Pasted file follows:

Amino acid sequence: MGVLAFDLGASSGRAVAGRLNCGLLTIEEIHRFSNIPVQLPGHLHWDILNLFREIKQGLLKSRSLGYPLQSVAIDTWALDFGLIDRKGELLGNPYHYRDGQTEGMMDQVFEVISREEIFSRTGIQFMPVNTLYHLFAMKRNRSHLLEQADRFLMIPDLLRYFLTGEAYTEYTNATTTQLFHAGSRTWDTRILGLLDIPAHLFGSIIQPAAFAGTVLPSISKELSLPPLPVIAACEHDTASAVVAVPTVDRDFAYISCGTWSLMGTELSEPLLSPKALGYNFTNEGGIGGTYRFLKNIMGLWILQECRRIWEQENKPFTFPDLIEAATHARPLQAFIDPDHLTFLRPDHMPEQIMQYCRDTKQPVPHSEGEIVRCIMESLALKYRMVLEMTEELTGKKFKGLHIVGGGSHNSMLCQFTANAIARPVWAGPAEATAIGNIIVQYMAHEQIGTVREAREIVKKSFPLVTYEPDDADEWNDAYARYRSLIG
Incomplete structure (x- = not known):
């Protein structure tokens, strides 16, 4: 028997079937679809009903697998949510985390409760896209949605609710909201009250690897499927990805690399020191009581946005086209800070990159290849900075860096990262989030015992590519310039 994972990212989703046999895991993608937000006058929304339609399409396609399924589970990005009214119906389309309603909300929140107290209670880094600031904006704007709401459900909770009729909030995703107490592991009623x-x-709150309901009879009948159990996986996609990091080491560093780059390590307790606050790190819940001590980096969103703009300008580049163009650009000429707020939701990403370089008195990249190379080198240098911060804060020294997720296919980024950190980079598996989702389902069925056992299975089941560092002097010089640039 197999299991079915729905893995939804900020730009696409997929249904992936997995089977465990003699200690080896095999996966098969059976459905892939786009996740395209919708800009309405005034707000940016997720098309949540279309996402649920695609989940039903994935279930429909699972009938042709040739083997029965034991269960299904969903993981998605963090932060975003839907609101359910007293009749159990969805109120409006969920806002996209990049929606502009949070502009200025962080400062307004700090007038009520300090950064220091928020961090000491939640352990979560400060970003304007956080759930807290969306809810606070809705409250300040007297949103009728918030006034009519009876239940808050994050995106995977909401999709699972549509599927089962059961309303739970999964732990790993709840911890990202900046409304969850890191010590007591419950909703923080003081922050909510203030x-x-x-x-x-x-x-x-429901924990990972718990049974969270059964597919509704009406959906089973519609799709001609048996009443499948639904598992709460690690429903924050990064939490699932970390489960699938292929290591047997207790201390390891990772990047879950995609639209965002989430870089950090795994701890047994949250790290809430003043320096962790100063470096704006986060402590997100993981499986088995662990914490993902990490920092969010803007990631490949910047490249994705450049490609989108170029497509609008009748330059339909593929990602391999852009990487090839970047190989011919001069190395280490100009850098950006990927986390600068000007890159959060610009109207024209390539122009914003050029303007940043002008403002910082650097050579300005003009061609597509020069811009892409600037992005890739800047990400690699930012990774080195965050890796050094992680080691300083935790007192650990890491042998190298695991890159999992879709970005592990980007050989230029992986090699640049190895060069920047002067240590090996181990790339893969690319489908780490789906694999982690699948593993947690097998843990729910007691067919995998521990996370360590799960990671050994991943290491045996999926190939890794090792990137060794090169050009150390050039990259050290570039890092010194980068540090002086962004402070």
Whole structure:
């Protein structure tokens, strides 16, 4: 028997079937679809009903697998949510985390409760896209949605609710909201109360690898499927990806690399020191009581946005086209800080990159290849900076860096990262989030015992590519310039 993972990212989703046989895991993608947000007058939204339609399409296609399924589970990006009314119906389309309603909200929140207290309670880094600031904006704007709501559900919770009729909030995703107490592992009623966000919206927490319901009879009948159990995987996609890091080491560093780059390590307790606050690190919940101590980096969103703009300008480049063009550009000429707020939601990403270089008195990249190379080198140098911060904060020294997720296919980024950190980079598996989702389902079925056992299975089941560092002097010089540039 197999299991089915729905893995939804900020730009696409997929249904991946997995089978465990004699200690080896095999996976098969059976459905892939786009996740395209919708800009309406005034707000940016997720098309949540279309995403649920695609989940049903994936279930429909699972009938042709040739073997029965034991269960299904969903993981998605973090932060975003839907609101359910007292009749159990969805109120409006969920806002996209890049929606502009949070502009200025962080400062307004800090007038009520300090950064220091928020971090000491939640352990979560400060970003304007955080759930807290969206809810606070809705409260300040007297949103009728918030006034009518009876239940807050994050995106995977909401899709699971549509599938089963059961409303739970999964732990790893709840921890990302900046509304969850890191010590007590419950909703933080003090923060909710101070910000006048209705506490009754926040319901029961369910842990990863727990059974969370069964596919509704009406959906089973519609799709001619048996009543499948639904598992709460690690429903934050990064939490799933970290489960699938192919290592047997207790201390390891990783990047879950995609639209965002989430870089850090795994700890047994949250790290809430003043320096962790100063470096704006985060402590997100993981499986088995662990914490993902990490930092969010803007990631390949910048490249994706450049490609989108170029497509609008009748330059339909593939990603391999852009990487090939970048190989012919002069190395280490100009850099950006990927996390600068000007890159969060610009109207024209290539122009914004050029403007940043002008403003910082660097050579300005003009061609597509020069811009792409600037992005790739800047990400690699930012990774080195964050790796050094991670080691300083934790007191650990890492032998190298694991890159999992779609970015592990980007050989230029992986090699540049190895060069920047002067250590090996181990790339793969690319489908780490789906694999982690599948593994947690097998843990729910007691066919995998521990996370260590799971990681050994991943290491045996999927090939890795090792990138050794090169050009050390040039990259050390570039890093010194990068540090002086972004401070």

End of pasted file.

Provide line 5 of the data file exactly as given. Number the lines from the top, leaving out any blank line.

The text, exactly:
């Protein structure tokens, strides 16, 4: 028997079937679809009903697998949510985390409760896209949605609710909201109360690898499927990806690399020191009581946005086209800080990159290849900076860096990262989030015992590519310039 993972990212989703046989895991993608947000007058939204339609399409296609399924589970990006009314119906389309309603909200929140207290309670880094600031904006704007709501559900919770009729909030995703107490592992009623966000919206927490319901009879009948159990995987996609890091080491560093780059390590307790606050690190919940101590980096969103703009300008480049063009550009000429707020939601990403270089008195990249190379080198140098911060904060020294997720296919980024950190980079598996989702389902079925056992299975089941560092002097010089540039 197999299991089915729905893995939804900020730009696409997929249904991946997995089978465990004699200690080896095999996976098969059976459905892939786009996740395209919708800009309406005034707000940016997720098309949540279309995403649920695609989940049903994936279930429909699972009938042709040739073997029965034991269960299904969903993981998605973090932060975003839907609101359910007292009749159990969805109120409006969920806002996209890049929606502009949070502009200025962080400062307004800090007038009520300090950064220091928020971090000491939640352990979560400060970003304007955080759930807290969206809810606070809705409260300040007297949103009728918030006034009518009876239940807050994050995106995977909401899709699971549509599938089963059961409303739970999964732990790893709840921890990302900046509304969850890191010590007590419950909703933080003090923060909710101070910000006048209705506490009754926040319901029961369910842990990863727990059974969370069964596919509704009406959906089973519609799709001619048996009543499948639904598992709460690690429903934050990064939490799933970290489960699938192919290592047997207790201390390891990783990047879950995609639209965002989430870089850090795994700890047994949250790290809430003043320096962790100063470096704006985060402590997100993981499986088995662990914490993902990490930092969010803007990631390949910048490249994706450049490609989108170029497509609008009748330059339909593939990603391999852009990487090939970048190989012919002069190395280490100009850099950006990927996390600068000007890159969060610009109207024209290539122009914004050029403007940043002008403003910082660097050579300005003009061609597509020069811009792409600037992005790739800047990400690699930012990774080195964050790796050094991670080691300083934790007191650990890492032998190298694991890159999992779609970015592990980007050989230029992986090699540049190895060069920047002067250590090996181990790339793969690319489908780490789906694999982690599948593994947690097998843990729910007691066919995998521990996370260590799971990681050994991943290491045996999927090939890795090792990138050794090169050009050390040039990259050390570039890093010194990068540090002086972004401070």